We already have an enjoyably trashy biopic of Queen (Bohemian Rhapsody) and a magical rendition of Elton John’s life (Rocketman). With two upcoming films featuring music of Bruce Springsteen (Blinded by the Light) and a Christmas-themed film featuring the music of George Michael (Last Christmas), 2019 might end up being a fun year for these type of films featuring classic artists. Now–director Danny Boyle and screenwriter Richard Curtis collaborate for the first time to give the audience another jukebox musical featuring the wonderful music of The Beatles with Yesterday, a movie that is less of an acid trip than Across the Universe.

Jack Malik (Himesh Patel) lives in the small seaport town of Lowestoft. He’s a struggling singer-songwriter to make a name for himself. One night, the unthinkable happens. A worldwide power outage occurs when he gets hit by a bus. Once released from the hospital, he performs a gorgeous rendition of “Yesterday” in front of his childhood crush Ellie (Lily James) and a group of his friends, in which they thought he originally wrote the song. Befuddled, Jack eventually finds out he is in a world where The Beatles and their music never existed. He becomes a worldwide phenomenon from recording their music at a local recording studio, with the support of his new manager Debra (Kate McKinnon) and Ed Sheeran (playing a fictional version of himself).

The poster consists of Jack walking across the iconic Abbey Road alone with a guitar on his back. The tagline reads: “Yesterday, everyone knew The Beatles. Today, only Jack remembers their music. He’s about to become a very big deal.” 

With that, he sure does! Although with disappointing results.

For his theatrical debut, Patel has great talent as a singer; putting enough vibrant energy into the 17 Beatles songs used in the film. With the music aside, as Jack, he comes across as a character with little to no personality. Sadly, same goes to the charming Lily James, whom I loved in Cinderella, Baby Driver, and last year’s Mamma Mia: Here We Go Again

Even with a gifted supporting cast, there are stuck in a setting with barely any character. The concept is nothing short of genius with some humor thrown into the mix. Unfortunately, there is nothing to save for the narrative containing barely any surprises.

The movie does have its moments. All of the songs used (imagine how long it must have taken to accept the copyrights) are wonderfully covered by Patel, a talent I could actually see having a more successful music career. Without giving anything away, the movie has surprisingly touching final act I think a box of tissues is required. Other than that, Yesterday is a movie I wanted to like. However, it ends up as a bland and borderline heartless musical that will attract Ed Sheeran fangirls.


2019 Summer Movie Review: The Last Black Man in San Francisco


Jimmie (Jimmie Fails) and Mont (Jonathan Majors) try to reclaim a Victorian mansion in Joe Talbot’s fantastic debut The Last Black Man in San Francisco. (Source: The Atlantic)

The Last Black Man in San Francisco, the latest hit from this year’s Sundance Film Festival, is based on an actual friendship between Jimmie Fails and director Joe Talbot, two San Francisco natives who would hang out constantly. They would ride on skateboards and discuss their hopes, dreams, and fears. Considering how expensive it is to live in the city, Jimmie has been living in group homes all of his life. 

After its premiere earlier this year, it has finally expanded to more theaters around the country. I admit, it’s definitely worth the wait.

Jimmie (Fails, playing a fictional version of himself) and Montgomery (Jonathan Majors) are two street-smart African-American friends living in San Francisco. They spend time with Mont’s blind grandfather (Danny Glover, delivering the most tender performance of his long career), watching classic film-noirs while Mont narrates the scenes for him. While Mont is an aspiring artist and playwright, Jimmie is struggling to live the life he wanted, especially earn money at a good paying job. One day, the two friends stop at a stunning Victorian mansion, built by Jimmie’s grandfather after World War II, in the historically black Fillmore District. Although the place is owned by an older white couple, they stop by every day to renovate it. Together, they both reminisce the past while living in the present.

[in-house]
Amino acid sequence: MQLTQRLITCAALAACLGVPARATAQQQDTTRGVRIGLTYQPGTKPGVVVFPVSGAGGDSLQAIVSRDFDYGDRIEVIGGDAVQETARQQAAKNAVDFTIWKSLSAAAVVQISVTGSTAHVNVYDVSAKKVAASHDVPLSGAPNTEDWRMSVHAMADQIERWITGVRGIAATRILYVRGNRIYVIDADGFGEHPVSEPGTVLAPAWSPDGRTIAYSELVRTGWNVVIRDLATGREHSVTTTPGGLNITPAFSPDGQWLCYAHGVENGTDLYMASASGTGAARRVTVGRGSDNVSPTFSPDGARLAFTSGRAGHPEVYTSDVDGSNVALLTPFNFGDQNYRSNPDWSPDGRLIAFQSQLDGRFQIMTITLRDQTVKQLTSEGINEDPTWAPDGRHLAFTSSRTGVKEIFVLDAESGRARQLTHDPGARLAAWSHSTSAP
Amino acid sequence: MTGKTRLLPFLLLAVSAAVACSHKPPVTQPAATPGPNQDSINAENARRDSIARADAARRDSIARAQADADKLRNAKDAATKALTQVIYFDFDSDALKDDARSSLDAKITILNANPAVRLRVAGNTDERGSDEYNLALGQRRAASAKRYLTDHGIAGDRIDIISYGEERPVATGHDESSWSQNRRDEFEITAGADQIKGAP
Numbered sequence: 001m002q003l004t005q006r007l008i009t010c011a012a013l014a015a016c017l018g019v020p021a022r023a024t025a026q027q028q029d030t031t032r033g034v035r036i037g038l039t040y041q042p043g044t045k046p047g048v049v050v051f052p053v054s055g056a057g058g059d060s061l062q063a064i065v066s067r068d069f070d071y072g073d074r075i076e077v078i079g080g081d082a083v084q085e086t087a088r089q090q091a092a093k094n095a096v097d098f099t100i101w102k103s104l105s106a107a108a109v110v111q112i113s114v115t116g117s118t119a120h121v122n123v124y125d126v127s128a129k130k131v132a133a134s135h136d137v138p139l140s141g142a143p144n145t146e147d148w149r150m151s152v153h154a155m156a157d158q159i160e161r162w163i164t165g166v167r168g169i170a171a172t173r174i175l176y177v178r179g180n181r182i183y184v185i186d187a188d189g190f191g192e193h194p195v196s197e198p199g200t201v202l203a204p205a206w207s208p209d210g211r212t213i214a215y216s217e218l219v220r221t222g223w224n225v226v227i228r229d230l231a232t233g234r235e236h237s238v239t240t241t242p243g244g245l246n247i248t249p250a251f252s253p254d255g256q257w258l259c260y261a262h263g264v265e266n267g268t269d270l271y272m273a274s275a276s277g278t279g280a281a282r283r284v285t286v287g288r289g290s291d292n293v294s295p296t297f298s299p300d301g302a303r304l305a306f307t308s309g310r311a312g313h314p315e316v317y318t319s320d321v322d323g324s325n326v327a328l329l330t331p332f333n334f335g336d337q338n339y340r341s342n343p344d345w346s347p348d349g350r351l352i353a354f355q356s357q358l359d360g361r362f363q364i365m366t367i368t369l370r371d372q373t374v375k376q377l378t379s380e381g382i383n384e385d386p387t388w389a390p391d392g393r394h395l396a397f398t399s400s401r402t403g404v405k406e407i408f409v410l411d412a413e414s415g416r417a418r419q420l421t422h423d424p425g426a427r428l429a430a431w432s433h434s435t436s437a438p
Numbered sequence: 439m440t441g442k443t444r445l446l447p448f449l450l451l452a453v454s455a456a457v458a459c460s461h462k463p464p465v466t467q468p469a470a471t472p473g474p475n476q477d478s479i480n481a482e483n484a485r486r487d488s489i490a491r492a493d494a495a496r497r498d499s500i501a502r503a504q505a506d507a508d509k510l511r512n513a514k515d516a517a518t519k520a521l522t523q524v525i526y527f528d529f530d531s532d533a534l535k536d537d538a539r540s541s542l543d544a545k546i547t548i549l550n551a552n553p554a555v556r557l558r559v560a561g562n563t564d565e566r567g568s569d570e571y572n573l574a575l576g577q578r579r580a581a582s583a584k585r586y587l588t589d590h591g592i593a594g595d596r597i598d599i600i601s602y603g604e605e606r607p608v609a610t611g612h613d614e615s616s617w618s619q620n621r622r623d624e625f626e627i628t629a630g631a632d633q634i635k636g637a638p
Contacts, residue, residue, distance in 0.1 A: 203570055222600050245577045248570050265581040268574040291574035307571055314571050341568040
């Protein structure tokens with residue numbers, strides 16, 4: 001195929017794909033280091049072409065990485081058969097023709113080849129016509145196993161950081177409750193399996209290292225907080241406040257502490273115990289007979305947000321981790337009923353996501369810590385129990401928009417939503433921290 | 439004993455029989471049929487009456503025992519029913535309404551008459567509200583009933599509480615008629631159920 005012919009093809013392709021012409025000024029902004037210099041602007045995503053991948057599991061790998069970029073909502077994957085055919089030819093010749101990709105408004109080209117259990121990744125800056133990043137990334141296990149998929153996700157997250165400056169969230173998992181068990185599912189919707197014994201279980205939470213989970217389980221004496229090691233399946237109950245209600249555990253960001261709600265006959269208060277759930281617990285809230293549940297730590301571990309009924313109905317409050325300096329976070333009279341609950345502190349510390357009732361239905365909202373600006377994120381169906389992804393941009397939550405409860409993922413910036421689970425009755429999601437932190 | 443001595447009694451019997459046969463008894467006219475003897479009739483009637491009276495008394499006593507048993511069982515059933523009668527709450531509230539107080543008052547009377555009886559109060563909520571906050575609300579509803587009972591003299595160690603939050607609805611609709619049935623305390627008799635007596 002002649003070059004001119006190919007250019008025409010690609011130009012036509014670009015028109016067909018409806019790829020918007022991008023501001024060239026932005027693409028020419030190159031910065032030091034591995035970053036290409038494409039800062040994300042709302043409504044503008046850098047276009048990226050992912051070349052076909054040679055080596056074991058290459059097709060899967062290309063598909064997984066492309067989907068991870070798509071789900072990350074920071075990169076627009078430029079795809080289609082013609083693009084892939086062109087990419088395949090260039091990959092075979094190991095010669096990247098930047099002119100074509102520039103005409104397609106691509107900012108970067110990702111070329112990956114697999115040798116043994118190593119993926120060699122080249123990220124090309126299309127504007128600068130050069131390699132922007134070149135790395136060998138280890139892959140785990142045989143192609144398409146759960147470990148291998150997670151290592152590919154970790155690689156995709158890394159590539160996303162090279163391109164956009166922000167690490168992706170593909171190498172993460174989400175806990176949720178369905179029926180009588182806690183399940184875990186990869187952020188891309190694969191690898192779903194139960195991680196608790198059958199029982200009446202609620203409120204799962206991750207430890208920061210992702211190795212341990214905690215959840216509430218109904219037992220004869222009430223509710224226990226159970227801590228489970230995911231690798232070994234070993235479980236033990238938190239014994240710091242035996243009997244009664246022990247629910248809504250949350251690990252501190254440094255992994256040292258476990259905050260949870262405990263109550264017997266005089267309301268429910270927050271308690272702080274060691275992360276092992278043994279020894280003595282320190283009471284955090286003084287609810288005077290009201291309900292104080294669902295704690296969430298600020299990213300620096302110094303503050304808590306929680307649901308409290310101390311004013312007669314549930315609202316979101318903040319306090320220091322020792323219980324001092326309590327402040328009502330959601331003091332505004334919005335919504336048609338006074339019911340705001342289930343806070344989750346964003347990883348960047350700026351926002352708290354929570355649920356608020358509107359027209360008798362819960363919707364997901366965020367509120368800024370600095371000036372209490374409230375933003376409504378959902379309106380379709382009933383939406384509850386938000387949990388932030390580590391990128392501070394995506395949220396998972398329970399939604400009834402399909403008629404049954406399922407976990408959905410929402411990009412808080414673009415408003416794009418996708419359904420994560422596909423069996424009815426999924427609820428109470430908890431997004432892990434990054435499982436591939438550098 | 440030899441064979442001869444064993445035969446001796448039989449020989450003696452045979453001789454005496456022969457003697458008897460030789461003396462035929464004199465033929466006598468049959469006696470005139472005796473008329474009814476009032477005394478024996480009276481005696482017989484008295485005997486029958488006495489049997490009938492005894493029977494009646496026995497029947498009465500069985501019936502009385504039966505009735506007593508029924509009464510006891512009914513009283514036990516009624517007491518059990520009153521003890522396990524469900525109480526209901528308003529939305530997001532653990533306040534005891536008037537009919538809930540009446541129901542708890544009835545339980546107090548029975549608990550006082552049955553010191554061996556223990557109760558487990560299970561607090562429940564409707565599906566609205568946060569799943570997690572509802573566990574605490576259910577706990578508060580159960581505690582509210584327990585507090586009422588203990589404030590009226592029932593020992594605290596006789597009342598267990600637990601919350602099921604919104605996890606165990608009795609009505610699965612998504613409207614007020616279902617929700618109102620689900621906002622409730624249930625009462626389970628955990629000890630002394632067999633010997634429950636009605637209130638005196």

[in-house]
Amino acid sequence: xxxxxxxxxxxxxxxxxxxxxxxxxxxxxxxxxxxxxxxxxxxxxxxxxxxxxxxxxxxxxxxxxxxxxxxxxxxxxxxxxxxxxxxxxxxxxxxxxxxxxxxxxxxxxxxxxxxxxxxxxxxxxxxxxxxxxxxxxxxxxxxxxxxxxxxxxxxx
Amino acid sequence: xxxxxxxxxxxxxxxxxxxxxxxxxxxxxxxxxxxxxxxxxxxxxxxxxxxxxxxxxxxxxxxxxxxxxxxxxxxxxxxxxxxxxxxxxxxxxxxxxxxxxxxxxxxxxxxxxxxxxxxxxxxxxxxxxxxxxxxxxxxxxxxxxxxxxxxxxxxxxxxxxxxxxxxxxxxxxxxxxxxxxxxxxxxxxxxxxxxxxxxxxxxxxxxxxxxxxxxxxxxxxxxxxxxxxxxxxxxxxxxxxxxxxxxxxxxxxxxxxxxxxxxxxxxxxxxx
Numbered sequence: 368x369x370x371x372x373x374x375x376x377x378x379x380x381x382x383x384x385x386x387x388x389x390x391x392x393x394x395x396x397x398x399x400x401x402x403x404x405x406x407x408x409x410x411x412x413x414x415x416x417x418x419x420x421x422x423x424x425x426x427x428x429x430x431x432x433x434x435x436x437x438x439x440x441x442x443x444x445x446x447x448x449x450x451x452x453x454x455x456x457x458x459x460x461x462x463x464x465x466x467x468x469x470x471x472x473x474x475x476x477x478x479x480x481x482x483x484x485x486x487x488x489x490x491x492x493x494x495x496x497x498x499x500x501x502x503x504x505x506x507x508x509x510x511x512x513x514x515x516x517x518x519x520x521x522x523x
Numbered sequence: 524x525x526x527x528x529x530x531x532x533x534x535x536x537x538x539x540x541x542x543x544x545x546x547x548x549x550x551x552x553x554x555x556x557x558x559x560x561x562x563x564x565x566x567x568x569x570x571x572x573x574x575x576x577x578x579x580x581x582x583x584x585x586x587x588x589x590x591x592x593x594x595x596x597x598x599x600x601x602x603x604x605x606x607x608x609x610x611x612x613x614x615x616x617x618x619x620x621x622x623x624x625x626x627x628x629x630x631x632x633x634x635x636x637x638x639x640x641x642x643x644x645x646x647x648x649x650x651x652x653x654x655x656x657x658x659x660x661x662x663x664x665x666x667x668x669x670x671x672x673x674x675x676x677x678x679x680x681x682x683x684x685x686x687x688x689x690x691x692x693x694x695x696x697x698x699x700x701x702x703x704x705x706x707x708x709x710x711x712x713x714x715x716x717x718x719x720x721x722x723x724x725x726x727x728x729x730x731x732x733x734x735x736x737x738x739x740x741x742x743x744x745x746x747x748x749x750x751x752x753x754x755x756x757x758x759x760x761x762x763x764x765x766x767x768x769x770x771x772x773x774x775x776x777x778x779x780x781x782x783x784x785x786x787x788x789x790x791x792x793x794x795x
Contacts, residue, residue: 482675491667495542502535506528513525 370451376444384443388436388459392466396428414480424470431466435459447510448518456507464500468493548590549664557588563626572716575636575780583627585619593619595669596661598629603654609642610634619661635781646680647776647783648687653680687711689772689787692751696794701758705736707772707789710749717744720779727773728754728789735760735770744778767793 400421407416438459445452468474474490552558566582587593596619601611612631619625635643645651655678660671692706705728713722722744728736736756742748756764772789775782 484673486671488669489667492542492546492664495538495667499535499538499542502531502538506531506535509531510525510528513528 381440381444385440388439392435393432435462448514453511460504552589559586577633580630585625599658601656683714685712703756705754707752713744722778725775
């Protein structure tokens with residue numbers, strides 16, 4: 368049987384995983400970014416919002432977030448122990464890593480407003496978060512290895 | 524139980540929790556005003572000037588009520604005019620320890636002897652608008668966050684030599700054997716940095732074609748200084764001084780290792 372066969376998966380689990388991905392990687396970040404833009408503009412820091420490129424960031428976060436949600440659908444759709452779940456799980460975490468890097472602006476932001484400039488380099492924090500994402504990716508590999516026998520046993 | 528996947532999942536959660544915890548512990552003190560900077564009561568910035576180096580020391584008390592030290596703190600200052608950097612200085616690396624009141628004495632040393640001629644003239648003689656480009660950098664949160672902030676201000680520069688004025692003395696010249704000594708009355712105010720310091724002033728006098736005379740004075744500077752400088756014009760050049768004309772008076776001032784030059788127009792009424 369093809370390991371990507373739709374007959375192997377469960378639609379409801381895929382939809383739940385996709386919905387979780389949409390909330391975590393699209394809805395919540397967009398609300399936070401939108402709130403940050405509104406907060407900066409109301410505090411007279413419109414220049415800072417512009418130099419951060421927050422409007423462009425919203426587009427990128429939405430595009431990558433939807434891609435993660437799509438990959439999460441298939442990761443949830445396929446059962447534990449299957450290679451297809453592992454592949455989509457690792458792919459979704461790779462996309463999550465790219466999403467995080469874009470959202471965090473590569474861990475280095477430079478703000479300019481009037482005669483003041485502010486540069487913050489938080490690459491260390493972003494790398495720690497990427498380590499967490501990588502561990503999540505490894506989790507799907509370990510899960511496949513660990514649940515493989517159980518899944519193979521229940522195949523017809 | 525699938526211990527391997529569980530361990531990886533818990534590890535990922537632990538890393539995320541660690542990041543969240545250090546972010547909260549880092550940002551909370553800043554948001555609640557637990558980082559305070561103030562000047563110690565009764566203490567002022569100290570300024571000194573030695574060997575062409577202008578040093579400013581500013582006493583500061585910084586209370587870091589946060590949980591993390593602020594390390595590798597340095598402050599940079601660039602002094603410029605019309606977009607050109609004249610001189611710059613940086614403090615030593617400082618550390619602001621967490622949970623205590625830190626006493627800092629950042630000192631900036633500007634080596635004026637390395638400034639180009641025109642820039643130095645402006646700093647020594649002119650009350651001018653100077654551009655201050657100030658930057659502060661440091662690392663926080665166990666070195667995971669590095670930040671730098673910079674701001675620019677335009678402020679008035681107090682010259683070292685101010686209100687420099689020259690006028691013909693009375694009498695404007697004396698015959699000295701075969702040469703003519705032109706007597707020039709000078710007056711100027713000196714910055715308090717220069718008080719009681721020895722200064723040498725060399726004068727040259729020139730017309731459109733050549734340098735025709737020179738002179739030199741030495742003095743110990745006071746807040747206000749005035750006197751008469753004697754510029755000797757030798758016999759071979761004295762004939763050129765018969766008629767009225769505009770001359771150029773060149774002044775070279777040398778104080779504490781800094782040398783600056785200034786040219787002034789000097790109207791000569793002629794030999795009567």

Talbot’s directorial debut is a miraculous achievement. Although moving at a patient pace, every scene feels 100% authentic rather than forced. The actors feel like real people. It’s a beautiful tribute to a beautiful city that is as surprising as it is thoughtful. Fails and Majors portray one of the most heart-rending friendships I’ve ever seen in recent years. Adam Newport-Berra’s cinematography and Emile Mosseri’s score give San Francisco an almost dreamlike quality. Not to mention the soundtrack, containing hip-hop and classic folk songs, including Joni Mitchell’s “Blue” and Michael Marshall’s gorgeous cover of “San Francisco (Be Sure to Wear Flowers in Your Hair)”, summing up the city’s diverse beauty. The mansion, at the film’s core, is symbolic for Jimmie’s hopes for a future that he could live up to his generation. 

To quote David Fear, of the Rolling Stone, “You can tell this movie is going to be special within its first five minutes.”

I cannot agree more! The Last Black Man in San Francisco will be a movie I will watch for the rest of my life. I’ll be damned if this doesn’t earn any Oscars.


2019 Summer Movie Review: Toy Story 4


Woody (Tom Hanks) catches up with an old friend (Annie Potts) in Toy Story 4. (Source: Washington Post)

In 1995, John Lasseter made history by bringing the first ever feature-length computer-animated film Toy Story. It followed a group of toys coming to life whenever humans aren’t around, and they help each other in the most perilous of situations. It became a monster box-office success, Disney/PIXAR decided to make a sequel. Toy Story 2 featured a much bigger adventures that went into new heights. No one knew the toys would make a comeback ten years later with Toy Story 3, where things got more emotional and intense. When it was announced there is going to be Toy Story 4, everyone (including myself) got nervous. If the previous film ended on a pitch-perfect note, how would the series go on? Director/co-writer Josh Cooley (who worked as one of the screenwriters for Inside Out) steps into use his bag of tricks. The results are nothing short of surprising.